12/1/2019 1 Comment
My Mistakes Don't Define Me
Hi! My name is Anusha Pai, and I am a junior living in San Ramon, California. Now, you might be thinking, “Yeah yeah, I’ve heard way too much about growth mindset, be positive, blah blah blah.” But in reality, your outlook on life can be a determining factor in your success. It is easy to get discouraged today, whether it be in school, sports, or personal goals. It’s much more difficult to ignore those setbacks and keep going. Today, negativity is everywhere I look- people predict future grades on tests, talk flippantly about serious mental health issues, and generally act like they know how their life will end (badly). Last year, I decided to take a math class that has a reputation at my school for being “one of the hardest.” Despite all the warnings, I was sure that I would be able to sail through it. Well, long story short, I struggled. After failing the first test, I couldn’t believe that the class was going the way I had expected. However, instead of brushing aside the failure and focusing on my next goals, I let the negativity consume me. Before each test, I convinced myself that I didn’t know the concepts, and that I was going to do badly. I fell into a negative pattern, and it took me the whole of first semester to pull myself out of it. At the beginning of second semester, I decided to try something new- I would only think about how much I did know, and it would only be positive thinking. It worked! I found that the more positive I was (and the more I studied rather than cried about my nerves), the better I did. I did a lot better in that math class during second semester, and I feel like I learned a few life skills along the way.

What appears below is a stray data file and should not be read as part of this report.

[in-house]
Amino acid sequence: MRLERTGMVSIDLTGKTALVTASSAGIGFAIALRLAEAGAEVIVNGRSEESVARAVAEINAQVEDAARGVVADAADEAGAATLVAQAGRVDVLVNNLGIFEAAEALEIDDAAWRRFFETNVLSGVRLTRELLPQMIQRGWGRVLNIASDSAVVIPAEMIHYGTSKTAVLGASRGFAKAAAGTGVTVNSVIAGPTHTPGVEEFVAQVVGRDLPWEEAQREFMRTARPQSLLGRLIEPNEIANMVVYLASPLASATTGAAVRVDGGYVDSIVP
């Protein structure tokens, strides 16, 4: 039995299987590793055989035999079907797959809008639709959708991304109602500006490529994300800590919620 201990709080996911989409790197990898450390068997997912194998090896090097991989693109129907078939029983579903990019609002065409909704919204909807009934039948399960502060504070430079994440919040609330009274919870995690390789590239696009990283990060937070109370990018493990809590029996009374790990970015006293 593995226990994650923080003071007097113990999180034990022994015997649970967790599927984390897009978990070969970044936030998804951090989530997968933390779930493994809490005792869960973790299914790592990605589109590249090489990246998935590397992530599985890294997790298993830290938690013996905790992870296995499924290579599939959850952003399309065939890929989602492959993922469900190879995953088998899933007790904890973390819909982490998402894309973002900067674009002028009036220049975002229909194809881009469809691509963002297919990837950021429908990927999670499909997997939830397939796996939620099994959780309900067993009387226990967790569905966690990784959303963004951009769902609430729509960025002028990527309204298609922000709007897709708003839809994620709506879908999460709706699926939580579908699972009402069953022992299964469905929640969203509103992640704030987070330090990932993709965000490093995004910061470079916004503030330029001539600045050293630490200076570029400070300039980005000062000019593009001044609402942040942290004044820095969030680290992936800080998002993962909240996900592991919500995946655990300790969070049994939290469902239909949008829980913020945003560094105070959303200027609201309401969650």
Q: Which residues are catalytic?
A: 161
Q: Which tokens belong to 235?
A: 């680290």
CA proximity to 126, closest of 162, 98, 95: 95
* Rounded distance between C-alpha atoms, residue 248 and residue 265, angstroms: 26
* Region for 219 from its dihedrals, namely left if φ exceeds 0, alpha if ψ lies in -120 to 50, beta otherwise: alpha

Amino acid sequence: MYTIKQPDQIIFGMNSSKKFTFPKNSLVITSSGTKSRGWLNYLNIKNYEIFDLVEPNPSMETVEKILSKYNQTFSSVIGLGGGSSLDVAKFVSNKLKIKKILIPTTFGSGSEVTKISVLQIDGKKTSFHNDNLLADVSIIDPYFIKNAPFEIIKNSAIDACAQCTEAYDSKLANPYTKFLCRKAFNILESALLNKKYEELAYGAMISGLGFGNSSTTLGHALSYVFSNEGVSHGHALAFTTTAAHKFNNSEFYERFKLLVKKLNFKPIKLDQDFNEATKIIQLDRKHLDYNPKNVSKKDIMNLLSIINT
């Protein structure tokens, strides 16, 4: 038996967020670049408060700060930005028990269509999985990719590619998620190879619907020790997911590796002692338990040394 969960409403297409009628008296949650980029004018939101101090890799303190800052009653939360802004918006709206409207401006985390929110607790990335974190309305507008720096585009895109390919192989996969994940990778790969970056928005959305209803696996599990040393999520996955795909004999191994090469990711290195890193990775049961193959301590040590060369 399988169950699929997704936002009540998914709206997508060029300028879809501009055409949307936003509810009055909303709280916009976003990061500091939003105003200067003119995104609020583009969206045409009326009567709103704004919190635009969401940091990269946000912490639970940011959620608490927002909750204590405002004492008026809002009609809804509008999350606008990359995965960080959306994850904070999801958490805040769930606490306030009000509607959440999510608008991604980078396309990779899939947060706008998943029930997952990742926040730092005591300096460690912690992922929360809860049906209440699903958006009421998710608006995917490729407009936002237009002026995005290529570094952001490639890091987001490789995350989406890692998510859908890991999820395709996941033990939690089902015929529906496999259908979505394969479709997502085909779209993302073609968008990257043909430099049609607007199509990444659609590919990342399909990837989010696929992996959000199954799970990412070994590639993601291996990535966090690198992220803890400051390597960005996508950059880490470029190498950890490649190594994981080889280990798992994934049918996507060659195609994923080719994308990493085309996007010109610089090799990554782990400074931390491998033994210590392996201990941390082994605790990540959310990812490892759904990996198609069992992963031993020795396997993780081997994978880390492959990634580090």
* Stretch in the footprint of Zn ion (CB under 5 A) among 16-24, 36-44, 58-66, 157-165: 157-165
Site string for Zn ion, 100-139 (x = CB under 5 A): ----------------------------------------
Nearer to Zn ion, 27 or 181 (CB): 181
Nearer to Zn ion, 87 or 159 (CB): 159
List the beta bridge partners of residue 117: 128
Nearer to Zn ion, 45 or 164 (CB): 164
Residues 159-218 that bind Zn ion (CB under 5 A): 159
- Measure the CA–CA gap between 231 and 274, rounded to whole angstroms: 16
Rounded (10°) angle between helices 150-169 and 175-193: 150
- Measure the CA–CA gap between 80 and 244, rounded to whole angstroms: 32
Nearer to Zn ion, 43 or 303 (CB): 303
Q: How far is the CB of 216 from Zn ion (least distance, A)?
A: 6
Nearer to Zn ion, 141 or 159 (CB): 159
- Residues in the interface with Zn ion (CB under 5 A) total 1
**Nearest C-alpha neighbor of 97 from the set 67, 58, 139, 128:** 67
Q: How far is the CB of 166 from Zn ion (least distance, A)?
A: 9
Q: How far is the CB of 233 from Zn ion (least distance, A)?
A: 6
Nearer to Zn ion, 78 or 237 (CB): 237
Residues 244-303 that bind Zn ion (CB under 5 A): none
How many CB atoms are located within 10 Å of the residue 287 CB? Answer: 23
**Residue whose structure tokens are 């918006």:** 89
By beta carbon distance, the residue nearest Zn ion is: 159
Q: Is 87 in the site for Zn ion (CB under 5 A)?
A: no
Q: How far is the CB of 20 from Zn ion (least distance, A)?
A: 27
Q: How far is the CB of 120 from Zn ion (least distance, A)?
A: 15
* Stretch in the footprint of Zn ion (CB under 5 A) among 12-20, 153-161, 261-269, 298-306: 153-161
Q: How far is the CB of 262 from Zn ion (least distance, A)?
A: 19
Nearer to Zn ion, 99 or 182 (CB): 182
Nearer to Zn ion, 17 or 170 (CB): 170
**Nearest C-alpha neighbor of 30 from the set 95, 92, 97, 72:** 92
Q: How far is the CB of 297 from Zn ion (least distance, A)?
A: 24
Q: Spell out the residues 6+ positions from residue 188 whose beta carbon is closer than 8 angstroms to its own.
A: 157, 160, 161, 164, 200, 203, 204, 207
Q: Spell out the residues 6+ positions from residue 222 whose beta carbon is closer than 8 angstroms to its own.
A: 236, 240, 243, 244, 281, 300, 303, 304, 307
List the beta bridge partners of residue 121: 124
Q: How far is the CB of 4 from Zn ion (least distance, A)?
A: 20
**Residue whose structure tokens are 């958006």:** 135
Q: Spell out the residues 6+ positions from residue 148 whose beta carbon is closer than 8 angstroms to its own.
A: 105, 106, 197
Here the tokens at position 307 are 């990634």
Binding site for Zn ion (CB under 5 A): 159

A growth mindset is important because it teaches you that it is okay to make mistakes, as long as you learn from them and keep going. The moment you let a mistake define you, the door is opened for negativity and obstacles. Just a little positivity can have a wonderful effect on you self-esteem as well as your life in general. So the next time you make a mistake, remember that you’re only human and think about what you can do to improve. Trust me, the thought process will work.
Post published by guest writer Anusha Pai
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